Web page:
Feeding preterm infants milk with a higher dose of docosahexaenoic acid than that used in current practice does not influence language or behavior in early childhood: a follow-up study of a randomized controlled trial

Lisa Smithers, Carmel Collins, Lucy Simmonds, Robert Gibson, Andrew McPhee, Maria Makrides

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    46 Citations (Scopus)

    Abstract

    Background: The visual and mental development of preterm infants improved after feeding them milk enriched with docosahexaenoic acid (DHA) in amounts matching the fetal accretion rate. Objective: The objective was to evaluate whether feeding preterm infants milk with a higher DHA content than that used in current practice influences language or behavior in early childhood. Design: This was a follow-up study in a subgroup of infants enrolled in the DINO (Docosahexaenoic acid for the Improvement in Neurodevelopmental Outcome) trial. In a double-blind randomized controlled trial, infants born at <33 wk of gestation were fed milk containing 1% of total fatty acids as DHA (higher-DHA group) or ≈0.3% DHA (control group) until reaching full-term equivalent age. The longer-term effects of the intervention on language, behavior, and temperament were measured by using the MacArthur Communicative Development Inventory (MCDI) at 26-mo corrected age, the Strengths and Difficulties Questionnaire (SDQ), and the Short Temperament Scale for Children (STSC) between 3- and 5-y corrected age. Results: Mean (±SD) MCDI scores did not differ significantly (adjusted P = 0.8) between the higher-DHA group (308 ± 179, n = 60) and the control group (316 ± 192, n = 67) per the Vocabulary Production subscale. Composite scores on the SDQ and STSC did not differ between the higher-DHA group and the control group [SDQ Total Difficulties: higher-DHA group (10.3 ± 6.0, n = 61), control group (9.5 ± 5.5, n = 64), adjusted P = 0.5; STSC score: higher-DHA group (3.1 ± 0.7, n = 61), control group (3.0 ± 0.7, n = 64), adjusted P = 0.3]. Conclusions: Feeding preterm infants milk containing 3 times the standard amount of DHA did not result in any clinically meaningful change to language development or behavior when assessed in early childhood. Whether longer-term effects of dietary DHA supplementation can be detected remains to be assessed. This trial was registered with the Australia and New Zealand Clinical Trial Registry at www.anzctr.org.au as 12606000327583.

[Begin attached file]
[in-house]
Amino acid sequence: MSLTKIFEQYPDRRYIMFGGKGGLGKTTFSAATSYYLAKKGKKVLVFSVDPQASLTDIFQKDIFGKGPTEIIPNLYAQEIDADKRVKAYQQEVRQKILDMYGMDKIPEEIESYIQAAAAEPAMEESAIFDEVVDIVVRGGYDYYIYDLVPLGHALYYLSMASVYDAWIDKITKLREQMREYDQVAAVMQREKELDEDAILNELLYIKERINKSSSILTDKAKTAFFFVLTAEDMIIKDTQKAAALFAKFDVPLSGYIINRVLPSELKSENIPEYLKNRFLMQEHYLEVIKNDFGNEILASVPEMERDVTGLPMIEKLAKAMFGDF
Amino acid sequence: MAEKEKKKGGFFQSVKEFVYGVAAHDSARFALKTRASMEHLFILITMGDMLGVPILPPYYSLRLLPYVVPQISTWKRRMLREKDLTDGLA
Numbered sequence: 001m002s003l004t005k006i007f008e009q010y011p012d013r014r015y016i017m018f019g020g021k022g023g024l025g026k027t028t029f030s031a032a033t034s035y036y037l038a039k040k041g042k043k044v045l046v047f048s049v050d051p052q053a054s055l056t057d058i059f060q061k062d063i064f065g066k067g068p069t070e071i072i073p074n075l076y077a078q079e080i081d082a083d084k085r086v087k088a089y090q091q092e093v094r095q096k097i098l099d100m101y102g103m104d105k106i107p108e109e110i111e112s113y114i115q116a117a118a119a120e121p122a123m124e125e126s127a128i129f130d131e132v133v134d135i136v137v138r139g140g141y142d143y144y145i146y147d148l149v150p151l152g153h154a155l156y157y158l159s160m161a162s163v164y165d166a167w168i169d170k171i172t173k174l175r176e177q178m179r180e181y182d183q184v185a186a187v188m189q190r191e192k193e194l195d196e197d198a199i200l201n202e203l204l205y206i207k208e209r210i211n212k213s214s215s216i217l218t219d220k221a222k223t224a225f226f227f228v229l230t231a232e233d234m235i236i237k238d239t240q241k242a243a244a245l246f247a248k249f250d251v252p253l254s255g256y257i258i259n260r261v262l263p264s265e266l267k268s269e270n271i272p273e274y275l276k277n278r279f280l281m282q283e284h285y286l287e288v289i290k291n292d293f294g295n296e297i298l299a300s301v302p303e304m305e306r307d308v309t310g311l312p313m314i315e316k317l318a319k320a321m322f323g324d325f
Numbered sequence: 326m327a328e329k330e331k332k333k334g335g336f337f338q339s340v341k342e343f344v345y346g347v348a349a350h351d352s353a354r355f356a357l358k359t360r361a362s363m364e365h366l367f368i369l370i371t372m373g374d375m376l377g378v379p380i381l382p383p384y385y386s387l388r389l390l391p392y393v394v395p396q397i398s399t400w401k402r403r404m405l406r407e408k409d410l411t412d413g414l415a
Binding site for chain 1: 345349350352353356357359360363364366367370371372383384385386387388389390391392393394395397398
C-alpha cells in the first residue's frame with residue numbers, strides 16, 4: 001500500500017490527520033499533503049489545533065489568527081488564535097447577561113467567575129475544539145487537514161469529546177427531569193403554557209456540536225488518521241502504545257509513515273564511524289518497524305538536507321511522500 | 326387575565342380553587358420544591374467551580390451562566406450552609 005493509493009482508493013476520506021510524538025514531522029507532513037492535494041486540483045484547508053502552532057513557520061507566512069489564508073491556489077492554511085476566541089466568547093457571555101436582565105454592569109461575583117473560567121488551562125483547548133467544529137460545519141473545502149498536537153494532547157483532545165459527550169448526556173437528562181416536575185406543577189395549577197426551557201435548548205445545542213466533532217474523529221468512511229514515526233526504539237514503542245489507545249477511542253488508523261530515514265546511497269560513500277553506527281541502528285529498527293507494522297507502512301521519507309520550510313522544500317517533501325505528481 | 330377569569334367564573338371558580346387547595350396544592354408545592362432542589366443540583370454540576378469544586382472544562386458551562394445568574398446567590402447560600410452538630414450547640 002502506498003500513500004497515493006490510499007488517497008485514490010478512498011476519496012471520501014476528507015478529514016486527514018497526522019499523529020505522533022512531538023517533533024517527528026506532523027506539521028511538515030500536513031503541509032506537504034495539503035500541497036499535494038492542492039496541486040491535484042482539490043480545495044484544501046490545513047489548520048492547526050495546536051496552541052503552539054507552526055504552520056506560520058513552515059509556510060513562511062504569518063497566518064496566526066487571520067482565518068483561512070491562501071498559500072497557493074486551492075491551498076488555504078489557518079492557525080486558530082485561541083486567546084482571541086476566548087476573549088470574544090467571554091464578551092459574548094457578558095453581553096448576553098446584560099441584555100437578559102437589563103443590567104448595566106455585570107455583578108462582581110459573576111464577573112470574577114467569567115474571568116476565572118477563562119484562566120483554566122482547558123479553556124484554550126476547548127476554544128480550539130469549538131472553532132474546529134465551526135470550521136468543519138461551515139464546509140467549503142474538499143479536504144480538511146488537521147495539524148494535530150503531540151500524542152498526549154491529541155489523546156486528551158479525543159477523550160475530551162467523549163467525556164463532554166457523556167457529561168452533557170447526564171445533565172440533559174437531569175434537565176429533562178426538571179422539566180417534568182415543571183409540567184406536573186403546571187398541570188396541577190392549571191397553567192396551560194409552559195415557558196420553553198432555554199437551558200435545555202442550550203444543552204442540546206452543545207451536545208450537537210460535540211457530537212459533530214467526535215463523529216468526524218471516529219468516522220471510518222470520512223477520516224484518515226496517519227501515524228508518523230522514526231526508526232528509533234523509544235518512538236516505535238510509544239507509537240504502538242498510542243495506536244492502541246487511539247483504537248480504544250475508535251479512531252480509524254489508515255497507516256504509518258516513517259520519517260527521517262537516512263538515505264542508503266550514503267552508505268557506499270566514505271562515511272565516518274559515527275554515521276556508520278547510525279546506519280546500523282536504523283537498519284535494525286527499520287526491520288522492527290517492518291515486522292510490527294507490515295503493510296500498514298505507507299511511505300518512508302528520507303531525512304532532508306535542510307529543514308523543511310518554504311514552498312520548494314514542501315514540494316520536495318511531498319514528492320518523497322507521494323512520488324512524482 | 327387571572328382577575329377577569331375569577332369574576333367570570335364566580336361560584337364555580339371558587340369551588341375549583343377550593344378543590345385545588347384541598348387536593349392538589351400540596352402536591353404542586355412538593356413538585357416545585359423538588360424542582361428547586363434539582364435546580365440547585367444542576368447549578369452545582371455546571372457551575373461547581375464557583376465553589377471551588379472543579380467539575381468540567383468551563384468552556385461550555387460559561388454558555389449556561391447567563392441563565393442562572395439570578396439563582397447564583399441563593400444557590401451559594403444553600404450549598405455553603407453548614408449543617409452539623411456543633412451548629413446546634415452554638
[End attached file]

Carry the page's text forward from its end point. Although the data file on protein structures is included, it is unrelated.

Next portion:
Original languageEnglish
    Pages (from-to)628-634
    Number of pages7
    JournalAmerican Journal of Clinical Nutrition
    Volume91
    Issue number3
    DOIs
    Publication statusPublished - 1 Mar 2010

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